I used to think mathematics is about as straight forward as you can get; a thing is a thing and it’s always that thing. But I long ago realized that there is art in play. Certain observations have a mark of individuality. I guess I shouldn’t be surprised at all that law is the same way.
There is an art.
And here, via Althouse, is one artist taking another to school:
Paul Clement will attack the expansion of Medicaid. He’s talking about whether it’s “coercive,” because if it is, it won’t fit the Spending Power. Justice Kagan wants to know why a “big gift from the Federal Government” is coercion. “The Federal Government is here saying, we are giving you a boatload of money.” Page 3. Just a big old boatload of money is coercive, Clement says confidently. But the actual bill has a “very big condition.” Kagan interrupts, trying to make her point that a big boatload of money is not coercive. What if someone offered you a job and would pay you $10 million a year. Of course, you say yes, but you’re not coerced are you. Clement lays down one of the cleverist teasers I have ever heard: “Well, I guess I would want to know where the money came from.”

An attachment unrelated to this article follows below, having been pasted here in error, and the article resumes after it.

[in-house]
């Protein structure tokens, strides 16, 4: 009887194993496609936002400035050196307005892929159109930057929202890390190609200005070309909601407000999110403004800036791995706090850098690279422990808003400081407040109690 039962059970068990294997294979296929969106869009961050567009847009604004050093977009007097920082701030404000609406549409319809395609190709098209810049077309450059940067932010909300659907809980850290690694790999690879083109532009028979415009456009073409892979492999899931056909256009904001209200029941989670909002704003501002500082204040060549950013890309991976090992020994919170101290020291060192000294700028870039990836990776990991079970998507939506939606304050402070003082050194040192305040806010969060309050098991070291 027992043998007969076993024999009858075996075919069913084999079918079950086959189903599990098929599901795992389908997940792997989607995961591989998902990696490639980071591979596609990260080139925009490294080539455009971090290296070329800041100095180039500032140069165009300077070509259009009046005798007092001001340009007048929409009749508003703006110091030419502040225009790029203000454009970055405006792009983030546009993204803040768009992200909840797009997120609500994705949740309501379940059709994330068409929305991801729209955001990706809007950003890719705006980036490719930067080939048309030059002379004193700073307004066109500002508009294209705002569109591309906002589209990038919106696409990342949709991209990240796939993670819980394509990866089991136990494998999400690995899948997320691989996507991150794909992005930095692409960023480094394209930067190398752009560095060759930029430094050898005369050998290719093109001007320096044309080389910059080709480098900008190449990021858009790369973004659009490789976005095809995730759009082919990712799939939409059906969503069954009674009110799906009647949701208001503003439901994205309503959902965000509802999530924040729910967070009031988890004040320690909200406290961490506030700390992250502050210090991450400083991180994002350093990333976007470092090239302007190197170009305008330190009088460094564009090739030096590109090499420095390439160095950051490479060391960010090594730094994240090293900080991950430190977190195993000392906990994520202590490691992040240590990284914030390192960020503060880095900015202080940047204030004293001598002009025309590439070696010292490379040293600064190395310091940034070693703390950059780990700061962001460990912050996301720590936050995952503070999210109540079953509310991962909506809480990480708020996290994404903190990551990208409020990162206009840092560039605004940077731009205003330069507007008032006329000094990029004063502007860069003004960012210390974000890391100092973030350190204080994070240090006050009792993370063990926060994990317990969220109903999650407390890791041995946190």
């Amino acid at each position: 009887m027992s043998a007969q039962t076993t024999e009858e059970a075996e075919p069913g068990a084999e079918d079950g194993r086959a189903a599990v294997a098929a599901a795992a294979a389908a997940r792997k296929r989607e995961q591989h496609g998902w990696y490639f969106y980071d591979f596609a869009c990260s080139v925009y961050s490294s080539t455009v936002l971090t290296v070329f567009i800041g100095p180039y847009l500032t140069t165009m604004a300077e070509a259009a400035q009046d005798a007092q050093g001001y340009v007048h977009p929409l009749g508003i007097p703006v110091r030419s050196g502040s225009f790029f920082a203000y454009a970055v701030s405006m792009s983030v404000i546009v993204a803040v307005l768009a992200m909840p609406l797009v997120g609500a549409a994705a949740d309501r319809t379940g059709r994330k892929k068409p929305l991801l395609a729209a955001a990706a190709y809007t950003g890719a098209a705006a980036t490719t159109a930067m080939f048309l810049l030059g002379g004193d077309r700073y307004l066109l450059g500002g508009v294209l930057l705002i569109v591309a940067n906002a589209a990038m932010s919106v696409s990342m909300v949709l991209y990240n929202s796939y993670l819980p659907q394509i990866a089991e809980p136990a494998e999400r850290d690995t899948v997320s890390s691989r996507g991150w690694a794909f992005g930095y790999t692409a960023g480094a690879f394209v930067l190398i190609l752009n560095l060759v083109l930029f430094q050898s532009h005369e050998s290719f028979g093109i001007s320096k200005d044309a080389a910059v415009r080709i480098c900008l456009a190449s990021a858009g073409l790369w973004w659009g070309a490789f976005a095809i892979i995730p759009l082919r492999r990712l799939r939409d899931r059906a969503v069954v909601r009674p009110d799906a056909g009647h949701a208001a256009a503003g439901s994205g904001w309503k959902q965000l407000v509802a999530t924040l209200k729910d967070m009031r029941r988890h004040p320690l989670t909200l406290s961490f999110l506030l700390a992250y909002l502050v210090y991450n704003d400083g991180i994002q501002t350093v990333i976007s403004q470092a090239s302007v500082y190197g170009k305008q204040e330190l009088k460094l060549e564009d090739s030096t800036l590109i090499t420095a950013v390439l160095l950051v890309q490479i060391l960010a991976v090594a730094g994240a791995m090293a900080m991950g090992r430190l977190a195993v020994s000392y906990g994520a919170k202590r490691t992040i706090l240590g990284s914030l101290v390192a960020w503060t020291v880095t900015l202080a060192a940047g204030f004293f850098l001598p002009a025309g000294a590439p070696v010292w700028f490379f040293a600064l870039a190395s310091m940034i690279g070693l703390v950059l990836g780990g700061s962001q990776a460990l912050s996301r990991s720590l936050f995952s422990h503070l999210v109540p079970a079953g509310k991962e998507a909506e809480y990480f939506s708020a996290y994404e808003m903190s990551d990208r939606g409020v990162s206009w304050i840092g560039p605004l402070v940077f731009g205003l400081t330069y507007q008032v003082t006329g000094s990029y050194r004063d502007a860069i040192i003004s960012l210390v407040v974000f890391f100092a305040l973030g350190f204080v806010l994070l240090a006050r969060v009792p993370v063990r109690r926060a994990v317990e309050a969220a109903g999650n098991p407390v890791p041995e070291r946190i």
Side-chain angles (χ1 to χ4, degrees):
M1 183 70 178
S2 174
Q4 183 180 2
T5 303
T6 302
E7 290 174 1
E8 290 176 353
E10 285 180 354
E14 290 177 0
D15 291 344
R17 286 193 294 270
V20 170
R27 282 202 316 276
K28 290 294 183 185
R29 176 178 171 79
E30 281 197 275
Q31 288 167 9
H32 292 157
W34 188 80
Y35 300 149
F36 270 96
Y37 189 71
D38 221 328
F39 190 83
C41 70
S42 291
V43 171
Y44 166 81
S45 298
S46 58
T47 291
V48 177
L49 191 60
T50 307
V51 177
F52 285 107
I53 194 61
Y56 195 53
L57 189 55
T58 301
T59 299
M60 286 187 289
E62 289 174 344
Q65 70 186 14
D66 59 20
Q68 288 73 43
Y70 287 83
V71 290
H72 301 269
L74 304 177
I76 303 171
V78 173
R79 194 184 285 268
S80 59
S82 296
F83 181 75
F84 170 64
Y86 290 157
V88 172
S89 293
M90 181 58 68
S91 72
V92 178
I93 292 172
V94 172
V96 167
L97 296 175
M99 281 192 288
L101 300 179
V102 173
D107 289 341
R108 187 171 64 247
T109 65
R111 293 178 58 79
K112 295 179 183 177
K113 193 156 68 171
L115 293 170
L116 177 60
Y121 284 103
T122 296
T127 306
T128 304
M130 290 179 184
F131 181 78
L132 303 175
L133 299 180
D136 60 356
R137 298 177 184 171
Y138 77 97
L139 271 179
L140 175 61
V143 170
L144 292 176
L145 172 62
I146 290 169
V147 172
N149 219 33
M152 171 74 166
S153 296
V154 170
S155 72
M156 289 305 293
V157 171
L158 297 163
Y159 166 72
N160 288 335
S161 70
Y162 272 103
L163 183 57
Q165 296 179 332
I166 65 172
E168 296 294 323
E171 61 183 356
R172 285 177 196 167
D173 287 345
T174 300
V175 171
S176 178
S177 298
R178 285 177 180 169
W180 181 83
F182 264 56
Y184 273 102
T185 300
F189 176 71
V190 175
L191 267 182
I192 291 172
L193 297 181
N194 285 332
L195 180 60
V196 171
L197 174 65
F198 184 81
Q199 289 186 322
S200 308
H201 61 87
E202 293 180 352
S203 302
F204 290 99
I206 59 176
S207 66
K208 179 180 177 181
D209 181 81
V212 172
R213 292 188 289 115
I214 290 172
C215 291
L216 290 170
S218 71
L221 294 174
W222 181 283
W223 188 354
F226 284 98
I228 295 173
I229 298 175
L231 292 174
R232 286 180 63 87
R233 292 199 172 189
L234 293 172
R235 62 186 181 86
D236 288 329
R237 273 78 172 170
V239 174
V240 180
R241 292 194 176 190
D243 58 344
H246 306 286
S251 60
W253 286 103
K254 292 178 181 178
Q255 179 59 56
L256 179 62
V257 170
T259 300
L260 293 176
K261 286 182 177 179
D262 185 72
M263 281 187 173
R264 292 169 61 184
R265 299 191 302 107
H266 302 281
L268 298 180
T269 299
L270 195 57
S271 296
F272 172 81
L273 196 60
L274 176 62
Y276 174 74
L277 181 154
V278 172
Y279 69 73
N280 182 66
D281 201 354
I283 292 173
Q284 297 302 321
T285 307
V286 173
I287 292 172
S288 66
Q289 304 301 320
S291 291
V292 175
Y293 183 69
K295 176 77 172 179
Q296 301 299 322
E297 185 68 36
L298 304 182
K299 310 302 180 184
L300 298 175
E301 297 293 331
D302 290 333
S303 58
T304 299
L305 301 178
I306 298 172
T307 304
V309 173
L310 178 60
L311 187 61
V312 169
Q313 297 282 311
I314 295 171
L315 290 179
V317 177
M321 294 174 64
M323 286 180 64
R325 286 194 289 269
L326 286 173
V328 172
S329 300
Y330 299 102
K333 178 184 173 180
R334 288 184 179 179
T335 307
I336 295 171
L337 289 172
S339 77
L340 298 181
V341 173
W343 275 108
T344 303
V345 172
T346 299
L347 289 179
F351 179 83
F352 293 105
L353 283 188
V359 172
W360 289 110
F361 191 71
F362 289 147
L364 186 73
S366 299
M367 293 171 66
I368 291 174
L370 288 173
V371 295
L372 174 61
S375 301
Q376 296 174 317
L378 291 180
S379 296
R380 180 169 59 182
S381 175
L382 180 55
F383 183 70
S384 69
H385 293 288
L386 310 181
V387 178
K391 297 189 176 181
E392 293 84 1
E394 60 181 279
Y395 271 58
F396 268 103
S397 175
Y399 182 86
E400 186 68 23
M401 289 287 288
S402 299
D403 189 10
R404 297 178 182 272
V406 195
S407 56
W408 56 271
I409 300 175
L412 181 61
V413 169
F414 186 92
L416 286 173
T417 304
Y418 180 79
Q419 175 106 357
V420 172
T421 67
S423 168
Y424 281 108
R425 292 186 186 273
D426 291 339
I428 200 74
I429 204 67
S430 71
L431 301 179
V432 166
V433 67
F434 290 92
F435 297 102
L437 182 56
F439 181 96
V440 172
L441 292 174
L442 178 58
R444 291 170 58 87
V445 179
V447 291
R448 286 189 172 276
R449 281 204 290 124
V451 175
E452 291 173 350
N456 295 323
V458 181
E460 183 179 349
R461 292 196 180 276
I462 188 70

“Wow. Wow.” says Kagan. Has a Supreme Court ever said “Wow. Wow” before? She can’t believe you’d do anything other than snap up that money. “I’m offering you $10 million a year to come work for me, and you are saying that this is anything but a great choice?”
Clement springs his trap: “Sure, if I told you, actually, it came from my own bank account.”
Beautiful. And somewhat ballsy.
I suspect that Supreme Court Justices don’t enjoy being mocked in court. But hey, style points none the less.
The lesson, of course, is that the Liberal doesn’t know the money is already mine.